It’s the day before a board meeting, and your data team is suddenly bombarded with analytical questions from the CEO, CFO, Head of Product, and Head of Sales. Your team is working as quickly as they can fixing broken data pipelines and running queries, but the number of requests keep coming in, and the 5pm deck deadline is fast approaching. One team of data superheroes are supposed to somehow save the day and answer to all business functions.
While this scenario feels relatable, the occasional board meeting isn’t the only crunch time during which the data team is under pressure. For a business to grow based on informed, data-driven decisions, the constantly growing volume of data always needs to be analyzed and reported on, at any given time. That’s the only way a company can become successful and stay competitive. There needs to be an ongoing view into what’s going on in the organization for any improvements to be made.
This set-up is reflective of what we call a data monolith, and it’s traditionally how most organizations start out when they begin to see the importance of data. A central data team and a monolithic data management architecture are generally easy to set up and seem like a good idea at first. However, this organizational structure can easily become a bottleneck for getting data out to the various functions and business teams who need it. And as you can imagine, the chances of things getting overwhelming - fast - are high. As data volume and demand increases, that’s when you start to see cracks and flaws in the structure.
So what’s the alternative?
Say hello to data mesh, which you’ve probably heard of as a recent trending concept. It refers to a new architectural structure that re-imagines how your company’s data experts are organized.
Rather than the monolithic approach in which they sit together in the middle of the organization ready to be pounced on from all angles, a data mesh architecture is a decentralized approach that splits the data team into different domains and departments. Within each department, you have a designated data analyst(s) supporting that specific business function. In this way, each department can become proactive, self-sufficient, and self-serving, with requests distributed across data analysts. These analysts sit within and are responsible for their respective functions.
A data mesh structure leverages a domain-driven design, each with their own flexible, scalable solutions that correspond to their business domain. Each domain handles their own ETL pipelines, and are accountable for providing their data as products. There’s an underlying data infrastructure that’s responsible for providing each domain with the processing solutions. Then, each domain manages the ingestion, cleaning, and aggregation in order for the data to be used by business intelligence platforms. This is a far cry from the monolithic structures that handle consumption, storage, transformation, and output of data in a single, central data lake.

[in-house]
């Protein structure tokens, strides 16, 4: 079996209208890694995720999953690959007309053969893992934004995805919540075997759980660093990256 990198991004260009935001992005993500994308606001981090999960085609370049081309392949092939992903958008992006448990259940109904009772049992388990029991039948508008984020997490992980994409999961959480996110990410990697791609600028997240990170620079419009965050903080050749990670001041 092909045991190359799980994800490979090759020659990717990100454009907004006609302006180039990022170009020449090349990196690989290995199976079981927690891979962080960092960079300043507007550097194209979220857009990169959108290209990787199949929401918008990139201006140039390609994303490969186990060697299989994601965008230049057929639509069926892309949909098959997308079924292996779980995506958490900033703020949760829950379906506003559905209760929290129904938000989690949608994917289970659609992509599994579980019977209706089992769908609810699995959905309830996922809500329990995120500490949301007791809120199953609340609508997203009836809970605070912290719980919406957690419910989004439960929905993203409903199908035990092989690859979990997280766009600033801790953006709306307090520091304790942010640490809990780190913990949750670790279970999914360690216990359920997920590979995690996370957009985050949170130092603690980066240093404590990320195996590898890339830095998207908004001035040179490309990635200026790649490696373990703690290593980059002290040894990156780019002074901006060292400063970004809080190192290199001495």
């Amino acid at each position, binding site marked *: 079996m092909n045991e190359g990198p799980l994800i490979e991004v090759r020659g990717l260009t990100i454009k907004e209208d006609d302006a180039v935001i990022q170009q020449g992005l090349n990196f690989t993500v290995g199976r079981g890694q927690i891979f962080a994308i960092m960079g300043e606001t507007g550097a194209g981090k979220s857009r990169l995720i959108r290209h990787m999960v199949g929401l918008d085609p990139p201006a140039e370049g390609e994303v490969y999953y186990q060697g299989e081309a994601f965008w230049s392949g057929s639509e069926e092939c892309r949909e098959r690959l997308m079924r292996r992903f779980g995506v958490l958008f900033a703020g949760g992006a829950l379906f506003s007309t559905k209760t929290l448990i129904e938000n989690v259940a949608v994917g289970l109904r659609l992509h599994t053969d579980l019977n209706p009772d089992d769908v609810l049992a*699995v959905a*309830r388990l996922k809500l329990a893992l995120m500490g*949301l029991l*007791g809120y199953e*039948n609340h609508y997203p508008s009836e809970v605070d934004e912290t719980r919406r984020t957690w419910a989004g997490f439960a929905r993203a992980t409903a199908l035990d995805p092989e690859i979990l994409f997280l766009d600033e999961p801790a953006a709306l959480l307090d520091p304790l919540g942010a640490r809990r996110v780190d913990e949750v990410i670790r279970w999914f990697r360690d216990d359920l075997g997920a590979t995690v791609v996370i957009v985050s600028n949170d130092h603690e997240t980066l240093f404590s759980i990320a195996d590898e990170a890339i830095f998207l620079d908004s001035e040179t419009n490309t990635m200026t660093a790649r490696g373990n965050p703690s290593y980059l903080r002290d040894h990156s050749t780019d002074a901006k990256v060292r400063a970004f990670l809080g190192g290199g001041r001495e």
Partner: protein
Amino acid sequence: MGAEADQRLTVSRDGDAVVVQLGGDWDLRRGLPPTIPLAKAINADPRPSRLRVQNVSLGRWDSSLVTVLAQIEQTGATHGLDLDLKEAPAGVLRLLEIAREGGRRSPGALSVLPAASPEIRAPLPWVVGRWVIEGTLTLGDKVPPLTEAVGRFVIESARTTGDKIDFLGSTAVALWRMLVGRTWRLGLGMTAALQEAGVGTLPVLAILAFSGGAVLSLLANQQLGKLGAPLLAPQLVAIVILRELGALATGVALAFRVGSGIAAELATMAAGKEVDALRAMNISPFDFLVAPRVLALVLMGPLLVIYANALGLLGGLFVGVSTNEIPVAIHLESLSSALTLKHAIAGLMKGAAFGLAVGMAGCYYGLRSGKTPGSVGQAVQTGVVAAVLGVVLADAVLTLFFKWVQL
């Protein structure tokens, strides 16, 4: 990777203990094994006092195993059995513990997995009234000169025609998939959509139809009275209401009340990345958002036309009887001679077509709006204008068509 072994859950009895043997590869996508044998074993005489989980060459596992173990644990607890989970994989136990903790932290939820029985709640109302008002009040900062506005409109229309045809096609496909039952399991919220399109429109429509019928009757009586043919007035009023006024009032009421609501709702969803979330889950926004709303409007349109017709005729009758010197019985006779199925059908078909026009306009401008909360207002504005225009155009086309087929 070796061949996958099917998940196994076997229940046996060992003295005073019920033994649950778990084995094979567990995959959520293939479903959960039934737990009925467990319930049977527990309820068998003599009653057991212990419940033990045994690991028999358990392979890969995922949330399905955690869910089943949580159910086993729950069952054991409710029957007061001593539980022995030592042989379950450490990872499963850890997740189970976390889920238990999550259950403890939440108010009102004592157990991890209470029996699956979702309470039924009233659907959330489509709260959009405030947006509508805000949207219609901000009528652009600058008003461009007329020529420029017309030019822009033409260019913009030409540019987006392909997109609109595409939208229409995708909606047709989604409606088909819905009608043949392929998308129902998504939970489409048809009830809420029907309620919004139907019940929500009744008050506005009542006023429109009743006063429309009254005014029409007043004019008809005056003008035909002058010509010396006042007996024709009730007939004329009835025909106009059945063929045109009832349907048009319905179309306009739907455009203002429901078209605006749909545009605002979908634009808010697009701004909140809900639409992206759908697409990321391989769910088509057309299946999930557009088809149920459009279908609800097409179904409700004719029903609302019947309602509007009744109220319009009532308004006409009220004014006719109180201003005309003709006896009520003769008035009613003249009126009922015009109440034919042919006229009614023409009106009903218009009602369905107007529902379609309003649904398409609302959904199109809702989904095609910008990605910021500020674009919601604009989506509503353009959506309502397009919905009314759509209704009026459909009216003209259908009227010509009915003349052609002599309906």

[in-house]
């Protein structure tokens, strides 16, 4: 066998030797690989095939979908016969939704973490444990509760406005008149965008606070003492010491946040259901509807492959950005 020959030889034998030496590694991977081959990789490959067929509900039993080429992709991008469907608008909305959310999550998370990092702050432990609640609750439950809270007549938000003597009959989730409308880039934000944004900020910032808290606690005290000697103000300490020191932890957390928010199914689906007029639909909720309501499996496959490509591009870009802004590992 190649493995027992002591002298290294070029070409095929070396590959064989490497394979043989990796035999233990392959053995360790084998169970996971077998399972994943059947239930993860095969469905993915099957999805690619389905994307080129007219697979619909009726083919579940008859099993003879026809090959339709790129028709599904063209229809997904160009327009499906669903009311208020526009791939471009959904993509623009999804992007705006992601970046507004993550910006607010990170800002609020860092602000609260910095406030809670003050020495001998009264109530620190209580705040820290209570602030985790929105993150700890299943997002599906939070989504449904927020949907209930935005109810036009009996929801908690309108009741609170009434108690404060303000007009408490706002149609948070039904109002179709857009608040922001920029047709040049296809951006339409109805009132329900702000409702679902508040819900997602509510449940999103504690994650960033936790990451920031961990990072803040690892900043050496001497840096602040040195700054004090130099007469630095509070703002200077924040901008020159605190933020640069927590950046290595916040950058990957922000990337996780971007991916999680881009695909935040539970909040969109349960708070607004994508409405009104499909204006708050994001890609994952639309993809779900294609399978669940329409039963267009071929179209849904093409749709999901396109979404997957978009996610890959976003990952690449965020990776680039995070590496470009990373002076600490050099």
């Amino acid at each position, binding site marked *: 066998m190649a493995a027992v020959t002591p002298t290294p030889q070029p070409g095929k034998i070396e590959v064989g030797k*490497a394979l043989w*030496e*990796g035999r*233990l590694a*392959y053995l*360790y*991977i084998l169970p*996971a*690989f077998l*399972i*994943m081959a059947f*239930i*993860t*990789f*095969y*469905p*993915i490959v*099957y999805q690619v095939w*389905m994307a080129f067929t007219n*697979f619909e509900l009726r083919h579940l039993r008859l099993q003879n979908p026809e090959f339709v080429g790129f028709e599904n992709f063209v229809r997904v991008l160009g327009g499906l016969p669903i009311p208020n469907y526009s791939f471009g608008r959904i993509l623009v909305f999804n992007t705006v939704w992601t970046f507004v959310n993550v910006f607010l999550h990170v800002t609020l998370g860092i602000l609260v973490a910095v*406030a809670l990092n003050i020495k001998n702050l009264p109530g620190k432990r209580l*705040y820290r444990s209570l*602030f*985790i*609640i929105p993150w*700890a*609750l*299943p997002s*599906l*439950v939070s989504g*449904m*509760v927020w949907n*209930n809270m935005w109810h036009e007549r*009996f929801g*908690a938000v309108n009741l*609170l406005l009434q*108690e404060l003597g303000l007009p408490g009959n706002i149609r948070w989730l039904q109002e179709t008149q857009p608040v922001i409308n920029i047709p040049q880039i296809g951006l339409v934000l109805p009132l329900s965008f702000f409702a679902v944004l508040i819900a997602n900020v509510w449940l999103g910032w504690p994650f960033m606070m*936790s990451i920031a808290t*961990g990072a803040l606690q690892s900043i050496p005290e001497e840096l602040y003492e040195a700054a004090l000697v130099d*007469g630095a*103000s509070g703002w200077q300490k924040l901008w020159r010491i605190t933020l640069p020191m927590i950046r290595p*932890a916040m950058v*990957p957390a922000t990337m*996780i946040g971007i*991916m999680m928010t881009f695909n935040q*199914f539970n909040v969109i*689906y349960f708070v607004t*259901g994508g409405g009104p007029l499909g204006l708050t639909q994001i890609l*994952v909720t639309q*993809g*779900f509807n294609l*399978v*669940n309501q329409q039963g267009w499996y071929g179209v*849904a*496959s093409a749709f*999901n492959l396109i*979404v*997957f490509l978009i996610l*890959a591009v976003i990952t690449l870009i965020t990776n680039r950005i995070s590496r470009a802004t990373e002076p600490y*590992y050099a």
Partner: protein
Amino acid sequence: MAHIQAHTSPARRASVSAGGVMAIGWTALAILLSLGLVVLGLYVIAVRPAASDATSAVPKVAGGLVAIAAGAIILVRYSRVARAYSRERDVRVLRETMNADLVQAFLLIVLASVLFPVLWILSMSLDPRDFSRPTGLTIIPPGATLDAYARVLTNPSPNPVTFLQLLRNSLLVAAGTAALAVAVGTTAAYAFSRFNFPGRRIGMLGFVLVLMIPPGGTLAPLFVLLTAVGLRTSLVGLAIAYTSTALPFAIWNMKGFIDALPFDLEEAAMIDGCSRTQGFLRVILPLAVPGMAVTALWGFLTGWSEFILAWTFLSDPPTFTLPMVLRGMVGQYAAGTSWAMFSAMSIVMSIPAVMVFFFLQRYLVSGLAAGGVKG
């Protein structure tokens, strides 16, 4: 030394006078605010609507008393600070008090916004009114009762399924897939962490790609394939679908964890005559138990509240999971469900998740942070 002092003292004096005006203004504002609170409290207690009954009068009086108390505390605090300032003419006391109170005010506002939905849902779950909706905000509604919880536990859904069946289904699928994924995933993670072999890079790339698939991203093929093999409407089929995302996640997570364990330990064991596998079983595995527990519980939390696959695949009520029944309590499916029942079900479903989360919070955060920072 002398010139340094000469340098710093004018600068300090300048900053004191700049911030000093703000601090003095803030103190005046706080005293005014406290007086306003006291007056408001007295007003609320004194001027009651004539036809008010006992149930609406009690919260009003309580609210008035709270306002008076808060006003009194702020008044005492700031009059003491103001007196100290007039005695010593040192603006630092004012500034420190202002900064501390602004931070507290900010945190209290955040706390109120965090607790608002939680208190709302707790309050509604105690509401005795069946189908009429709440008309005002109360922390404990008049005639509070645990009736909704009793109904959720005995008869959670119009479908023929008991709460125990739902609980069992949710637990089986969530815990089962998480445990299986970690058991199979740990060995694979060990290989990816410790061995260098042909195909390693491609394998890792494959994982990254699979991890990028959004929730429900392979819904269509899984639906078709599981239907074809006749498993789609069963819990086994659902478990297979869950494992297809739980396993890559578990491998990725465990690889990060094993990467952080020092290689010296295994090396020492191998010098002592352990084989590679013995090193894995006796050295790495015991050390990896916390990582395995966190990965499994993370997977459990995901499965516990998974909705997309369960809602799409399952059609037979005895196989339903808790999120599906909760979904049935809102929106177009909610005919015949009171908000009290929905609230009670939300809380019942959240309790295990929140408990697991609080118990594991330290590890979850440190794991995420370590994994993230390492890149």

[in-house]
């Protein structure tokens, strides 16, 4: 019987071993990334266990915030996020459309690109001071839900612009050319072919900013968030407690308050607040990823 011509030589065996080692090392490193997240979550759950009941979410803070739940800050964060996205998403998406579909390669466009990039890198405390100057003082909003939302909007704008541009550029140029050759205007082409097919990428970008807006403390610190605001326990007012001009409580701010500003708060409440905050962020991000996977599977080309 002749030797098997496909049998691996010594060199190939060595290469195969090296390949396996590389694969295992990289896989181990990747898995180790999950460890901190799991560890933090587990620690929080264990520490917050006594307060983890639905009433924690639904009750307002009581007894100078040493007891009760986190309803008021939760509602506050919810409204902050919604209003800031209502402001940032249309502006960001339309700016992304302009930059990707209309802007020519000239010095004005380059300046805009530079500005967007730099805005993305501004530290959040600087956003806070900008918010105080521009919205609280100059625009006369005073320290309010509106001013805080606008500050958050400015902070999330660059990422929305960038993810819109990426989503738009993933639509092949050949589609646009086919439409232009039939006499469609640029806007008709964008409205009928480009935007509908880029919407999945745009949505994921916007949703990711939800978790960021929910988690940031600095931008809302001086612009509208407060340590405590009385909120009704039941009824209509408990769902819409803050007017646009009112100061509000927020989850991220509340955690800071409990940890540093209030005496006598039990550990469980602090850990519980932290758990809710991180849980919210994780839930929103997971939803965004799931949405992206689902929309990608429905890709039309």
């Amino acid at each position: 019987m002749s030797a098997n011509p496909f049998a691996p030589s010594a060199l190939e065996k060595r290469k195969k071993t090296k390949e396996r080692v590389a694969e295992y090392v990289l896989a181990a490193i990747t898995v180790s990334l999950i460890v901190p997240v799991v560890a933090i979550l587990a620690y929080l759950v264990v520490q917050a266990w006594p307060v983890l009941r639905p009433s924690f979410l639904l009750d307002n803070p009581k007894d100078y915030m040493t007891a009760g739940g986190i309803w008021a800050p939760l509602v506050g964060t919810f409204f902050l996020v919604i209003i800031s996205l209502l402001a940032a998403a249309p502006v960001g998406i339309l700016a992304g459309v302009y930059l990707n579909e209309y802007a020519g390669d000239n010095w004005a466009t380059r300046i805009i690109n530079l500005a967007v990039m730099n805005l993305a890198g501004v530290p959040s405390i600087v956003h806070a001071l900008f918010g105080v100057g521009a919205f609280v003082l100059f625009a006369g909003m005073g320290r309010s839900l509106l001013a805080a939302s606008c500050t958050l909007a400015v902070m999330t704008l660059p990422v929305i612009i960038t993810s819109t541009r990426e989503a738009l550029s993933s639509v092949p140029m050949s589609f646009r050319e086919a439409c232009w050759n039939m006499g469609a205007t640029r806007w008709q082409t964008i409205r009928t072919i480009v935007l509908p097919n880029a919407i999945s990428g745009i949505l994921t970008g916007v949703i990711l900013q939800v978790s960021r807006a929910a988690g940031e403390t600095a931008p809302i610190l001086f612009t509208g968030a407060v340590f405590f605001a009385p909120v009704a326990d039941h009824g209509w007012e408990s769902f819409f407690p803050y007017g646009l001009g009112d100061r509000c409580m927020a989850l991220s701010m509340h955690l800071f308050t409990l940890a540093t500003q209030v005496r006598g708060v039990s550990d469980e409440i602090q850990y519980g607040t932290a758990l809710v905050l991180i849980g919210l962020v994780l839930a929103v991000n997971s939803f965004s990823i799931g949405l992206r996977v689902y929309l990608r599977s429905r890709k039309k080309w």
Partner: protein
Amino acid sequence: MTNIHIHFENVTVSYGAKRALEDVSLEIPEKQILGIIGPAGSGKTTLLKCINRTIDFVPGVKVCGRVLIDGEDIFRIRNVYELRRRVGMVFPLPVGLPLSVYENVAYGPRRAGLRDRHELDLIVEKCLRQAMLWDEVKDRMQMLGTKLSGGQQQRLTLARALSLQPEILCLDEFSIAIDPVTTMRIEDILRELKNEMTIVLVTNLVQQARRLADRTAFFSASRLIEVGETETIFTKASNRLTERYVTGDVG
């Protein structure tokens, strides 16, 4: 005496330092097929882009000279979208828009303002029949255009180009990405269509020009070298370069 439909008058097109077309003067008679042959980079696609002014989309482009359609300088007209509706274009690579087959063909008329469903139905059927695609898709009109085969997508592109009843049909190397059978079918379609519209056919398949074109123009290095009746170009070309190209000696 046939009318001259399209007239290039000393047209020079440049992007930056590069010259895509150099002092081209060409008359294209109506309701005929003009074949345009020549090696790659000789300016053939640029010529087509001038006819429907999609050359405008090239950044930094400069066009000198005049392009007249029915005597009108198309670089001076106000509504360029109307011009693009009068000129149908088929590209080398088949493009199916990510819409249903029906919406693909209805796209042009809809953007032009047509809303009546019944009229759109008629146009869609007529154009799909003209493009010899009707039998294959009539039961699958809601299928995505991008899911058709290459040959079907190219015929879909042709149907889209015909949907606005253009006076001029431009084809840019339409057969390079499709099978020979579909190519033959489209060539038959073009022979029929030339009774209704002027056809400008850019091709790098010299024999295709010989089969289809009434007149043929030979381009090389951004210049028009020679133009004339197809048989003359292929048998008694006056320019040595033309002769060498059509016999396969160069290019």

Data meshes have ushered in the era of self-service data and BI platforms, removing the technical complexity of analyzing data and focusing on individual use cases according to the business function. With self-service Business Intelligence platforms like Whaly, data analysts belonging to any function can sit between modeling, consumption, and exploration, and are empowered to enable the end business users to digest and understand data in an easy, user-friendly way.
You might wonder how governance is tackled in this case, and how to prevent the duplication of efforts if data teams are sprinkled across the organization. Domain-agnostic data is hosted in a central platform that handles the data pipeline engines, storage, and other infrastructure. In addition, there’s typically a governance body that includes representatives of all teams in the data mesh. They agree on global policies and rules, and define how the domain teams must build their data products. Each domain leverages these global policies, standards and components to run their custom ETL pipelines - giving them the necessary support, as well as the autonomy to really own their own process. With the clear definition of global policies and standards, cross-functional collaboration is facilitated.
If you’re an early stage startup, it might be easier to start with the monolithic approach where you set up a central data team at first, but you may quickly find that it’s not a sustainable way to promote data adoption across different business functions, and your central group of data experts will quickly be overwhelmed. If your data team has to handle a large amount of data sources from which they experiment with and transform the data, then you’re likely best-suited for a data mesh model.
In summary, data meshes allow for greater autonomy and flexibility for data owners in each domain, which facilitates greater experimentation and adoption. In this way, business users get value from the data faster, nailing that board meeting and unlocking business growth. In parallel, the burden on data teams is lessened as they don’t have to field the needs of every single data consumer, from any and all business units, through one single pipeline. It’s a win-win situation, and your future self will thank you as your company scales.
What’s your current structure and is it working for you? Get in touch, we’d be happy to hear from you!